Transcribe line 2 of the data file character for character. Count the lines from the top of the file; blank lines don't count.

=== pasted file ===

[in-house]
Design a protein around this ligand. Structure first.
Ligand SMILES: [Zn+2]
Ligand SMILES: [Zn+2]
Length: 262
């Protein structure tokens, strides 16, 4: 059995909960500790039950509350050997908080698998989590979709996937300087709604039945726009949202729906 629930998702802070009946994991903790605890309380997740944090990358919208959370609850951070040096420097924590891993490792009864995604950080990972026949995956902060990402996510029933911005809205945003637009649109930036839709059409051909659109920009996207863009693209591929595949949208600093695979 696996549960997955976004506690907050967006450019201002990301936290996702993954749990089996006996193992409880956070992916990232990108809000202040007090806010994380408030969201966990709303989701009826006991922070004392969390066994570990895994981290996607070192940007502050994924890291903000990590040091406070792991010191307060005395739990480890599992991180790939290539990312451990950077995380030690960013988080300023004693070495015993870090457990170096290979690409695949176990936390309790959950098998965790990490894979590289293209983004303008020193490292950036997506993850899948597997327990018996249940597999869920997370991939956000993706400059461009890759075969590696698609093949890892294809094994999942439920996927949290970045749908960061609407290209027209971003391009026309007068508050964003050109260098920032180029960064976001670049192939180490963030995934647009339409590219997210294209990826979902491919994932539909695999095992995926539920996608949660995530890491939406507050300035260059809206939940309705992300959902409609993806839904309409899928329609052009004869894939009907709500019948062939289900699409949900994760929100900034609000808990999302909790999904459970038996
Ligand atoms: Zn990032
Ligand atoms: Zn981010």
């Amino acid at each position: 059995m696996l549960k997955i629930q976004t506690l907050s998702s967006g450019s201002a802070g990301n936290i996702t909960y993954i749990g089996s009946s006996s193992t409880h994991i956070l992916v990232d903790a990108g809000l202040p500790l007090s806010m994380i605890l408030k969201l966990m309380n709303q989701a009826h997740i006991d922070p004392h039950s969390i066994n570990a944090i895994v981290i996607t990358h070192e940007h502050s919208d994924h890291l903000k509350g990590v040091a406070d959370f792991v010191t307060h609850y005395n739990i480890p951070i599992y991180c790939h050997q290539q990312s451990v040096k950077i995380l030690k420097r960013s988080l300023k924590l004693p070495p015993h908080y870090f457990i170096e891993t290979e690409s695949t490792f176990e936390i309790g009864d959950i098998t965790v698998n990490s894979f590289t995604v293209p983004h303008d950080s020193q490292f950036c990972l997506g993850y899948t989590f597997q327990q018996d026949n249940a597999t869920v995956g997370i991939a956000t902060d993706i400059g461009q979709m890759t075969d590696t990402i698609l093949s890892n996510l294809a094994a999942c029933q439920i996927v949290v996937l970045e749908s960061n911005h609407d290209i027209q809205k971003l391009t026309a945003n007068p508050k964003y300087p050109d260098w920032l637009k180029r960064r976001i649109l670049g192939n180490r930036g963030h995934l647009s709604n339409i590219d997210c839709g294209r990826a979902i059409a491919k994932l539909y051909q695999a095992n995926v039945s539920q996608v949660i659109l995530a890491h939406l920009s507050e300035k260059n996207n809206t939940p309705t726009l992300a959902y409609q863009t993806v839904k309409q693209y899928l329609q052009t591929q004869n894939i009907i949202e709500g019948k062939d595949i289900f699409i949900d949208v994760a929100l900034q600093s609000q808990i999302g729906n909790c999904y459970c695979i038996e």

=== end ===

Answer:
Design a protein around this ligand. Structure first.